(336) 547-4002 ext. 2058
July 8, 2004
BUSH ADMINISTRATION ANNOUNCES OVER HALF MILLION DOLLARS TO STIMULATE ECONOMIC DEVELOPMENT AND HOUSING IN BURLINGTON
HUD grants targeted to lower income persons and families in need
GREENSBORO - HUD Secretary Alphonso Jackson announced that the City of Burlington will receive $518,000 in HUD funding to stimulate its local economy, produce affordable housing and help the homeless individuals and families.
"This Administration is committed to promoting economic development and job growth, increasing the supply of affordable housing, and helping our most vulnerable neighbors," said Jackson. "These funds will serve as a catalyst
for low-income families trying to cross the threshold into homeownership and reinforces our commitment to
rebuilding entire communities."
The funding for Burlington includes:
- $518,000 in Community Development Block Grant (CDBG) funds
For the past 30 years, HUD's Community Development Block Grant (CDBG) Program has awarded over $100 billion to state and local governments to target their own community development priorities. CDBG is one of HUD's oldest and most popular programs. The rehabilitation of affordable housing has traditionally been the largest single use of the grants although CDBG is also an important catalyst for job growth and business opportunities. CDBG funds are distributed by formula around the country based on a community's population, income levels, poverty rates and the age of its housing stock.
HOME (HOME Investment Partnerships Program) is the largest federal block grant to state and local governments designed exclusively to produce affordable housing for low-income families. Since 1992, more than 600 communities have committed to produce nearly 785,000 affordable housing units, including almost 300,000 for new homebuyers purchasing their first home. In addition, over 100,000 tenants have received direct rental assistance.
The American Dream Downpayment Initiative (ADDI) aims to increase the homeownership rate, especially among lower income and minority households, and to revitalize and stabilize communities. ADDI will help first-time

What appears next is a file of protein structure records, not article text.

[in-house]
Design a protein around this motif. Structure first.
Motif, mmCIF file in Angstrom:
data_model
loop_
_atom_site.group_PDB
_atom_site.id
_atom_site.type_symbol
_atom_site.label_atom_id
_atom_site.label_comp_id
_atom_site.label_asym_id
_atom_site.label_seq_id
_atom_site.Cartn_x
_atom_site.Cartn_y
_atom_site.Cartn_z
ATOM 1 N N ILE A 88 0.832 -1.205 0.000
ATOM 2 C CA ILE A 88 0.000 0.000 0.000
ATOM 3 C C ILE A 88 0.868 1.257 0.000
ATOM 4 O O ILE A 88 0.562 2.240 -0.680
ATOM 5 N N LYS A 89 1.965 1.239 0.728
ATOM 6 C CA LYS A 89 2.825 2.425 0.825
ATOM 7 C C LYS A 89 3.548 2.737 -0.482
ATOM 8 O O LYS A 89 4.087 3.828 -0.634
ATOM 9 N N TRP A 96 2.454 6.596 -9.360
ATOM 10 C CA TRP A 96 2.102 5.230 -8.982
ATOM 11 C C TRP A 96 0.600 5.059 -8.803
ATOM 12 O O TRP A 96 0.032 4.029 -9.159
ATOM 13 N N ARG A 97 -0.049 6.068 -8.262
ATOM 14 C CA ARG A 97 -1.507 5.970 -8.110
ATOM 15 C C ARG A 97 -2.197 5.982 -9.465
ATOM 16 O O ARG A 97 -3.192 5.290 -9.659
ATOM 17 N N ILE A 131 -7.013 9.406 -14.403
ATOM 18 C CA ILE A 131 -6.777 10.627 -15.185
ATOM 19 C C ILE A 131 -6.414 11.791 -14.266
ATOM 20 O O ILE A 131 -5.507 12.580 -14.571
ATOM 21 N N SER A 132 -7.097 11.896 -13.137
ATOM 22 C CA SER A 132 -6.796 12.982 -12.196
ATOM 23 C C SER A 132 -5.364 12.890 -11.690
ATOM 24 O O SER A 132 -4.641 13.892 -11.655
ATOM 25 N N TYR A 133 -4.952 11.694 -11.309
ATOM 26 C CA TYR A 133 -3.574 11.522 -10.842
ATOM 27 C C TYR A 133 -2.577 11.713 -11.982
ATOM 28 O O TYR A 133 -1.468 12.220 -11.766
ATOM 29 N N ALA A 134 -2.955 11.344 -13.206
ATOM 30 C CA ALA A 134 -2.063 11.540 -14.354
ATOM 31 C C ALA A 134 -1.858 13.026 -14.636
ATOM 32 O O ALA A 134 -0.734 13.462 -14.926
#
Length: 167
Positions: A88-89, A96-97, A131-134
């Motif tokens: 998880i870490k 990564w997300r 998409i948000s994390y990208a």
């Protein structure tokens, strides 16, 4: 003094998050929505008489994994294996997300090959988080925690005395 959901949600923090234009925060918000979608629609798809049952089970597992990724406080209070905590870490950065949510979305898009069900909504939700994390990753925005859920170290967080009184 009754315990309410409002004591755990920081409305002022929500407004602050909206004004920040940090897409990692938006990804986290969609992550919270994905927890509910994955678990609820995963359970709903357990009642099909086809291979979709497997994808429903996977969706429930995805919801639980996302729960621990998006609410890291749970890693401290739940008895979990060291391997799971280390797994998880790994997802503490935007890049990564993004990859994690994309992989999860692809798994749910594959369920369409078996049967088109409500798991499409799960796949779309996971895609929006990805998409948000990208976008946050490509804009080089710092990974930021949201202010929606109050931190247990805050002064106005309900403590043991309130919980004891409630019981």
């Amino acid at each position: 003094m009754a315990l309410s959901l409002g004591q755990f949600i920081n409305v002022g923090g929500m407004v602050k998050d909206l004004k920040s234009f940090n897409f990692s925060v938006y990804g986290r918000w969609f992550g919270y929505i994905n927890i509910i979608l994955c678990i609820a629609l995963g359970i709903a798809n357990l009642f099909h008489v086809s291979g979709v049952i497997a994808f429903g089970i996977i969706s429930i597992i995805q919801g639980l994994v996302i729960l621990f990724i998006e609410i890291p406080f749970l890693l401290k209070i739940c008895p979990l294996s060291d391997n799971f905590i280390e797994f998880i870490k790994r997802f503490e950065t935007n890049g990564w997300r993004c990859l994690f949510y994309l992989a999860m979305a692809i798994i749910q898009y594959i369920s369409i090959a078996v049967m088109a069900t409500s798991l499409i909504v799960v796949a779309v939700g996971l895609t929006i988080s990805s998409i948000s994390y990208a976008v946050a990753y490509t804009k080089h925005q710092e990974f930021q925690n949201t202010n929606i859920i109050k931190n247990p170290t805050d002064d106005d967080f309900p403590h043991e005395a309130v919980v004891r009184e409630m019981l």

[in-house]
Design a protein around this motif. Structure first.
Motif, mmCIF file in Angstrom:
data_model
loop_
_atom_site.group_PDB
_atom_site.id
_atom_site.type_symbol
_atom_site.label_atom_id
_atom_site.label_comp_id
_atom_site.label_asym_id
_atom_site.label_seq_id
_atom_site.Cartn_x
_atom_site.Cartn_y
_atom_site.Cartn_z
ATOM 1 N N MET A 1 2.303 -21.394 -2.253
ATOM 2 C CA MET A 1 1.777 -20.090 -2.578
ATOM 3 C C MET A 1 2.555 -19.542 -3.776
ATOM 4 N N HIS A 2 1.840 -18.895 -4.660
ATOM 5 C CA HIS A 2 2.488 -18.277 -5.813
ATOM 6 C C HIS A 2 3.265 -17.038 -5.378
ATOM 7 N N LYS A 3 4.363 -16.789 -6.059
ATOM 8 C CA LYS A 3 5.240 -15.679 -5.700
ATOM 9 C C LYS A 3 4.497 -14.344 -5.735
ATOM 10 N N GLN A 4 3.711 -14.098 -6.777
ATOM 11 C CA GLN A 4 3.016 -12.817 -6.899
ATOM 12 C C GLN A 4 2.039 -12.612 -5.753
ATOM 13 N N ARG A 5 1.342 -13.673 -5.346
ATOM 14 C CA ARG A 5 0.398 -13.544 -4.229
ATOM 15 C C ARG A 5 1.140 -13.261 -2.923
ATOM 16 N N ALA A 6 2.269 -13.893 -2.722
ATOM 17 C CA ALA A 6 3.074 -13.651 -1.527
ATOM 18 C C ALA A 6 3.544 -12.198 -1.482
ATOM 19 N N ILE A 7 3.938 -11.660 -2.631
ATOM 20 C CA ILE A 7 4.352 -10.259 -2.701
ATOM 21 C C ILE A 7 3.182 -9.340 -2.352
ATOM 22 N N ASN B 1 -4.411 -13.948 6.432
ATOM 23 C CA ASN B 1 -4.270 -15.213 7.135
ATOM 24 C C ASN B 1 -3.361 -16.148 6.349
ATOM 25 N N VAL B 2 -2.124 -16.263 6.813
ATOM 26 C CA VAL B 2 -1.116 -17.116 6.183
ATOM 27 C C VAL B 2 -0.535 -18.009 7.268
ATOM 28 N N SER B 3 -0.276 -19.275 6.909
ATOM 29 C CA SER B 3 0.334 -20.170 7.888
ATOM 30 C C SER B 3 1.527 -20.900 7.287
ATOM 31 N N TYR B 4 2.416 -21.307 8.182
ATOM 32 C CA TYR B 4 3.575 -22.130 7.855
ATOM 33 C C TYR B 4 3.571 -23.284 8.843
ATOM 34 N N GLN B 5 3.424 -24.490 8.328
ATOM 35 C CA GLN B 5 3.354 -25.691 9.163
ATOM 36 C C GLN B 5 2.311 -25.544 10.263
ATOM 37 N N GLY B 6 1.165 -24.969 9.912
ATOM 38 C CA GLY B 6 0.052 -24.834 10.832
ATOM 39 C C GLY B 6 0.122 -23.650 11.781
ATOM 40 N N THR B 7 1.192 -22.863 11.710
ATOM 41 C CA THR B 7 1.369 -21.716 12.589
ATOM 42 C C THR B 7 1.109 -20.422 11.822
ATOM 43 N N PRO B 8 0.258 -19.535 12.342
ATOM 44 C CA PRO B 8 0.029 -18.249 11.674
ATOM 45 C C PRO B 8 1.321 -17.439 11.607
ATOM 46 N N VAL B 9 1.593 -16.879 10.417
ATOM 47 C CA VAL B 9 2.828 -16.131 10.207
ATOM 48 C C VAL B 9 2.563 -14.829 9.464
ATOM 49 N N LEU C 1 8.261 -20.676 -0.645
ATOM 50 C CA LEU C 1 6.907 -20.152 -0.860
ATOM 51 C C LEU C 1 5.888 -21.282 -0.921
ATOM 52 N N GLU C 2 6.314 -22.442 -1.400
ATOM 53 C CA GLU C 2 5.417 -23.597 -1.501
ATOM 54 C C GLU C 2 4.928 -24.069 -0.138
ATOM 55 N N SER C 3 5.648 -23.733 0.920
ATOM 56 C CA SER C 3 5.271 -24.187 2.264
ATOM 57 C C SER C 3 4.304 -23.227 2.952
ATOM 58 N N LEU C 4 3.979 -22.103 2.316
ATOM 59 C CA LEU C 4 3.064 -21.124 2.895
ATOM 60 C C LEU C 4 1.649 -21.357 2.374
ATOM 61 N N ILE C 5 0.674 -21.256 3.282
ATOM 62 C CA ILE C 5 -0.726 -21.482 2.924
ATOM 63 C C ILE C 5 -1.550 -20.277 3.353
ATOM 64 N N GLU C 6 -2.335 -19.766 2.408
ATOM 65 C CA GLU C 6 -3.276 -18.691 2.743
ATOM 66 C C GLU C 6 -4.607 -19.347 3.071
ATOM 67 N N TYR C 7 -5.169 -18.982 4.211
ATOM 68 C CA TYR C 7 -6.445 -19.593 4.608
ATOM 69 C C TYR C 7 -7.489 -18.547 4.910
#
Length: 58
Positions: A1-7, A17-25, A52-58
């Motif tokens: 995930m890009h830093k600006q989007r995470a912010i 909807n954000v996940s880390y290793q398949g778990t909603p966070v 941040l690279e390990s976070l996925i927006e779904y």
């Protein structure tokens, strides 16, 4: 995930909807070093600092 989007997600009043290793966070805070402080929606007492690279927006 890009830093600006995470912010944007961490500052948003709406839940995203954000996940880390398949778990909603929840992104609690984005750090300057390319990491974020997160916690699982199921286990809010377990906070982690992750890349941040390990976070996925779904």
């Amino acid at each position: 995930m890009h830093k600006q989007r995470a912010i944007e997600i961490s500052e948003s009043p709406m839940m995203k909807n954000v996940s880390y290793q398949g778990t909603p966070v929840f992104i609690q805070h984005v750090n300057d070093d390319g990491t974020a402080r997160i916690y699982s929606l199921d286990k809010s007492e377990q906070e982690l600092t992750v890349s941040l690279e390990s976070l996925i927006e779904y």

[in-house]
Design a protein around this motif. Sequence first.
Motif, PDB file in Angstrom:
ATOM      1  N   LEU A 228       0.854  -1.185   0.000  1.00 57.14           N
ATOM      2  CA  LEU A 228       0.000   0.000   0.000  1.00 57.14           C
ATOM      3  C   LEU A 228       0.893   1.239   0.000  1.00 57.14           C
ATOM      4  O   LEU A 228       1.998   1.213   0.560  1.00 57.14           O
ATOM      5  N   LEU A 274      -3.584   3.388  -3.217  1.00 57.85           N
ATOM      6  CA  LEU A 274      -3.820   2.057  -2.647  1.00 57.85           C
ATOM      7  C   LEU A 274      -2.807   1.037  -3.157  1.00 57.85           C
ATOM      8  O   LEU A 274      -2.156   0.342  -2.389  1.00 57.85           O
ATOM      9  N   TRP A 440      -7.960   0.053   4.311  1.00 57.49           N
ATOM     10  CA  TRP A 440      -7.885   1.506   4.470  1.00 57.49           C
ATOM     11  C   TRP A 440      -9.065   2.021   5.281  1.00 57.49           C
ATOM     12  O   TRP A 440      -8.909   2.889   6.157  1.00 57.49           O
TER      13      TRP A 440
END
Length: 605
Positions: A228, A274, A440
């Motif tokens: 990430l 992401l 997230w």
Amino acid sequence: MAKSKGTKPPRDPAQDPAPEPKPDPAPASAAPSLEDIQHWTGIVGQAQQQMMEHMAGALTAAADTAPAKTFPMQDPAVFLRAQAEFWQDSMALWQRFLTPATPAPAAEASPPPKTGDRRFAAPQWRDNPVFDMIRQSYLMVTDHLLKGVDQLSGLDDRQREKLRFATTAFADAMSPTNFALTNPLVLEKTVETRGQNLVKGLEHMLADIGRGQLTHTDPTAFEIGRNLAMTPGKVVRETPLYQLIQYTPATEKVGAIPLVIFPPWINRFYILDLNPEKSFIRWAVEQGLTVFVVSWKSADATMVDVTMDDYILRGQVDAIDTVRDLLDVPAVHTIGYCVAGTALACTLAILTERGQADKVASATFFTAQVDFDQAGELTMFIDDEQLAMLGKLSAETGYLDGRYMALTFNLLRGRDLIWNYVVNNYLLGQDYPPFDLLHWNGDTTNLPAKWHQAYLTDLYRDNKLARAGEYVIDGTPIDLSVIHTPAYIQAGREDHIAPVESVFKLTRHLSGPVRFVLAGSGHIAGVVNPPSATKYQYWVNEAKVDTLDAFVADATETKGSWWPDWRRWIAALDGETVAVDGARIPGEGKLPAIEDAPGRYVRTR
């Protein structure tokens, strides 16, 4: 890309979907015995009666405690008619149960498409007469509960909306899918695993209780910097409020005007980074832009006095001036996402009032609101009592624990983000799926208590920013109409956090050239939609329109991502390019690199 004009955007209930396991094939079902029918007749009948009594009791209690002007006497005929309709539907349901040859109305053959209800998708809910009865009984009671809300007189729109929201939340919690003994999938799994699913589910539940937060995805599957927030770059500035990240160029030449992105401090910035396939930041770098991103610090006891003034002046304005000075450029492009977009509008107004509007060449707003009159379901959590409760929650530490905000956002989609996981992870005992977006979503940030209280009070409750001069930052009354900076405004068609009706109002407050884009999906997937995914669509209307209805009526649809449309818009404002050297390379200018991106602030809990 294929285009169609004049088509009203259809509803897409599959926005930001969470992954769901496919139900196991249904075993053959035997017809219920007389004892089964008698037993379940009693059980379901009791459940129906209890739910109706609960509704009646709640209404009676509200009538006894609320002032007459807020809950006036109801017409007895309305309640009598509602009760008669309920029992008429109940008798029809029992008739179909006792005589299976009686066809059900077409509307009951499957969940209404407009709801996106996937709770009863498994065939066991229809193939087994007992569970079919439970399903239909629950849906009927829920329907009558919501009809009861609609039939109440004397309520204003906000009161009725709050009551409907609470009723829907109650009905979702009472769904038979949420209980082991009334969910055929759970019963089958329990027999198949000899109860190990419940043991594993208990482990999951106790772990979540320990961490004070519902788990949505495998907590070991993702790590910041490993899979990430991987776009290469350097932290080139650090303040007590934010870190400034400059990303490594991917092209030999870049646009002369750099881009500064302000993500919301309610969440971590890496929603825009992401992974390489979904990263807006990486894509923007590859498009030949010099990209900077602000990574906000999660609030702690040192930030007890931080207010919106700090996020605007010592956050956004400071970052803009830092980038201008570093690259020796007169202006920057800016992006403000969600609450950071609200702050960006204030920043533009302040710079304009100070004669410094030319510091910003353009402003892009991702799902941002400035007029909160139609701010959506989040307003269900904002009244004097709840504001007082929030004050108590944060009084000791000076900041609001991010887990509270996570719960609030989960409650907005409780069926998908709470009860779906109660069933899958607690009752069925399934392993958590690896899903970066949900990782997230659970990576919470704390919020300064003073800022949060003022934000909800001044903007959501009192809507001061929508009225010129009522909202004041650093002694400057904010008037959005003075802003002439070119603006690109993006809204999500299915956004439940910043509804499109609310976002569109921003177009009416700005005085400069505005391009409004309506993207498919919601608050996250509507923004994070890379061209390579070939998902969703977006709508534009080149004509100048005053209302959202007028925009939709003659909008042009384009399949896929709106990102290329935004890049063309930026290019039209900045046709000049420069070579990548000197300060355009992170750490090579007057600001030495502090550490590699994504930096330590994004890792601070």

homebuyers with the biggest hurdle to homeownership: downpayment and closing costs. The program was created
to assist low-income first-time homebuyers in purchasing single-family homes by providing funds for downpayment, closing costs, and rehabilitation carried out in conjunction with the assisted home purchase.
Emergency Shelter Grants (ESG) help local communities to meet the basic shelter needs of homeless individuals and families. These grants also provide transitional housing and a variety of support services designed to move the homeless away from a life on the street toward permanent housing. This block grant program, in concert with more than $1 billion HUD awards by competition, helps thousands of local homeless assistance programs to help those
who would otherwise call the streets their home.
HUD's Housing Opportunities for Persons with AIDS (HOPWA) grants are distributed based on the number of AIDS cases reported to the Centers for Disease Control and Prevention. The grants provide rental assistance and
support services to individuals with HIV/AIDS and their families. In addition, the HOPWA program also helps many communities develop strategic AIDS housing plans and fill in gaps in local systems of care. A stable home
environment is a critical component for low-income persons managing complex drug therapies and potential side effects from their treatments.
HUD is the nation's housing agency committed to increasing homeownership,
particularly among minorities; creating affordable housing opportunities
for low-income Americans; and supporting the homeless, elderly,
people with disabilities and people living with AIDS. The Department
also promotes economic and community development as
well as enforces the nation's fair housing laws. More information about HUD and its programs is available on the Internet and espanol.hud.gov.